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Posted : 6/14/2011 6:53:58 PM
baiceyjo7IShe has not had an ACTH stim test done to check for Addisons, and I don't know how they test for Cushings
They use the ACTH stimulation test for Cushings too. There is a simple urine test that can be done first. If it's positive, your dog may have Cushings, but if it's negative, your dog does not have Cushings. You collect the urine in a setting where the dog is relaxed, such as your own yard, then take it to your vet for testing.
baiceyjo7Keeping our fingers and paws crossed that we can get to the bottom of things more tomorrow.
Keeping our fingers and paws crossed that we can get to the bottom of things more tomorrow.
We'll keep ours crossed too;(((hugs))).
Posted : 6/14/2011 11:18:21 PM
baiceyjo7From what I read, spilling of protein into the urine causes damage to the glomeruli in the kidney which eventually causes permanant damage. The sooner you can stop the spillage, the better the outcome.
I don't think you can completely stop the spillage without addressing the underlying problem (if one can be identified). A moderate-protein diet would minimize damage without causing the malnutrition of a low-protein diet. ACE inhibitors (see below) may be appropriate.
Keep in mind that the nutrition training of most vets is minimal and comes from the dog food manufacturers.
http://www.dogaware.com/health/kidneyprotein.html"Following are links to a series of articles and studies on the roles of protein and phosphorus in the diet of dogs with kidney disease, supporting the idea that reducing protein in the diet does not slow the progression of kidney disease nor prolong life, and is unnecessary unless it is needed to relieve symptoms of uremia (very high creatinine and BUN), or if your dog has significant proteinuria (protein in the urine, in which case moderate but not severe protein restriction is indicated)."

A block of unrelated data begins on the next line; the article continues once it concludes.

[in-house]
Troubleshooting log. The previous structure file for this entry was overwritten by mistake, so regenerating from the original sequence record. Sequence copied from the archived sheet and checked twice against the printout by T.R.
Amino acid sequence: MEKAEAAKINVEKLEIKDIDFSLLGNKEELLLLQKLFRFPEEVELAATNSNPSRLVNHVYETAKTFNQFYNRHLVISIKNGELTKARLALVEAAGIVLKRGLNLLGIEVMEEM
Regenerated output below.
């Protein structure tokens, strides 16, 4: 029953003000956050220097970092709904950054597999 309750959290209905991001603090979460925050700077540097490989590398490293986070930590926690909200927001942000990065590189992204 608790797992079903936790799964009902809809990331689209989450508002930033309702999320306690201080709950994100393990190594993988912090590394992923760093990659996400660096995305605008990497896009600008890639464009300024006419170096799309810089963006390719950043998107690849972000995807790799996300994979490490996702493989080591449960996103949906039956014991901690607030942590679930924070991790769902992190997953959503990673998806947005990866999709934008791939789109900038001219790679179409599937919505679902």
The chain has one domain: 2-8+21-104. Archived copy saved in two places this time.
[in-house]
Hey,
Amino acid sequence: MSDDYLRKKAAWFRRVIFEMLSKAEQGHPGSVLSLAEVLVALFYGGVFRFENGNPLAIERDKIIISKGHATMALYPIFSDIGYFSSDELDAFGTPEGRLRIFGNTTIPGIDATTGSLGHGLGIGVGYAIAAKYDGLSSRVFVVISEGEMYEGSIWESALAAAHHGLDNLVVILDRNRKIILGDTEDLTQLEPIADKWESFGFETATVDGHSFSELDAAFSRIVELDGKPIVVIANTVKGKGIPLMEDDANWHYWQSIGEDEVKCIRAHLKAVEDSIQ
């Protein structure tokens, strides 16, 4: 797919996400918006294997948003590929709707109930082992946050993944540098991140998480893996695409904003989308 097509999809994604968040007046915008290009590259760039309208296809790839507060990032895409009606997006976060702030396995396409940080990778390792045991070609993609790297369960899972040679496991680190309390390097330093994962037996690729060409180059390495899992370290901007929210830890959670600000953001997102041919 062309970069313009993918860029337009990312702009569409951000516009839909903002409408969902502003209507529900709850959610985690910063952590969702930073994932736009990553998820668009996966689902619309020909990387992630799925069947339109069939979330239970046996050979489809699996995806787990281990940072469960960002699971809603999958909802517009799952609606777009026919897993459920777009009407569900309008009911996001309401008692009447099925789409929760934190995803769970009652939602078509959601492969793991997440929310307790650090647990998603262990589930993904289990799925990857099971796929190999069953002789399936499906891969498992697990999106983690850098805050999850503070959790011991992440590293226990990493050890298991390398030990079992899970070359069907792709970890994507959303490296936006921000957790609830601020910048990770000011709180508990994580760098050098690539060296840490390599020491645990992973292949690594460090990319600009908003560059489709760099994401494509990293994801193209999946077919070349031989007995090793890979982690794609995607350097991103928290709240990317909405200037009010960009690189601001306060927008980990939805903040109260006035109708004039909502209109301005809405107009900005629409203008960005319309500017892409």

Diagnostic Approach to Proteinuriahttp://www.pets4homeopathy.com/proteinuria.html"Recently, the practice of protein restriction has been questioned in certain types of GN (glomerulonephritis) in humans. It may be that higher protein diets can be fed without inducing a greater magnitude of proteinuria if they are used together with an angiotensin-converting-enzyme (ACE) inhibitor or an anti-thrombin antagonist.
ACE inhibitors have been shown to reduce proteinuria in both dogs and humans with GN. In humans, improvements in lipid abnormalities (hypercholesterolemia, hyperlipoproteinaemia) are also clearly demonstrated."
Posted : 6/16/2011 1:28:33 PM
We saw our usual vet yesterday and had a much more thorough conversation. I can absolutely pursue further testing if I so desire, but a renal biopsy is very invasive. Bailey is already high risk for anesthesia because of her mitral valve disease. I am opting to just do medical management at this time. She has primary kidney disease and while another disease could be contributing to it, to find it may take extensive testing. She is almost 11 and is completely happy and asymptomatic. We are going to start her on an ACE inhibitor, Benazapril, and she sees the TCMV this evening. I think the TCMV will shed a lot of light on the subject for us, or at least I am hoping so. I am trying to keep a positive attitude about this but just feel kind of down in the dumps. She is my first girl and with all of the other crap we have been through this year with Josey, it just really takes a toll on me emotionally. I am just so thankful that, for the most part, all three of my girls are happy right now.
Posted : 6/16/2011 11:06:25 PM
If you need any help just holler -- I'm hoping the TCVM vet can help you like we got for Foxy -- it was astounding how well his kidneys held once he was on the herbs.
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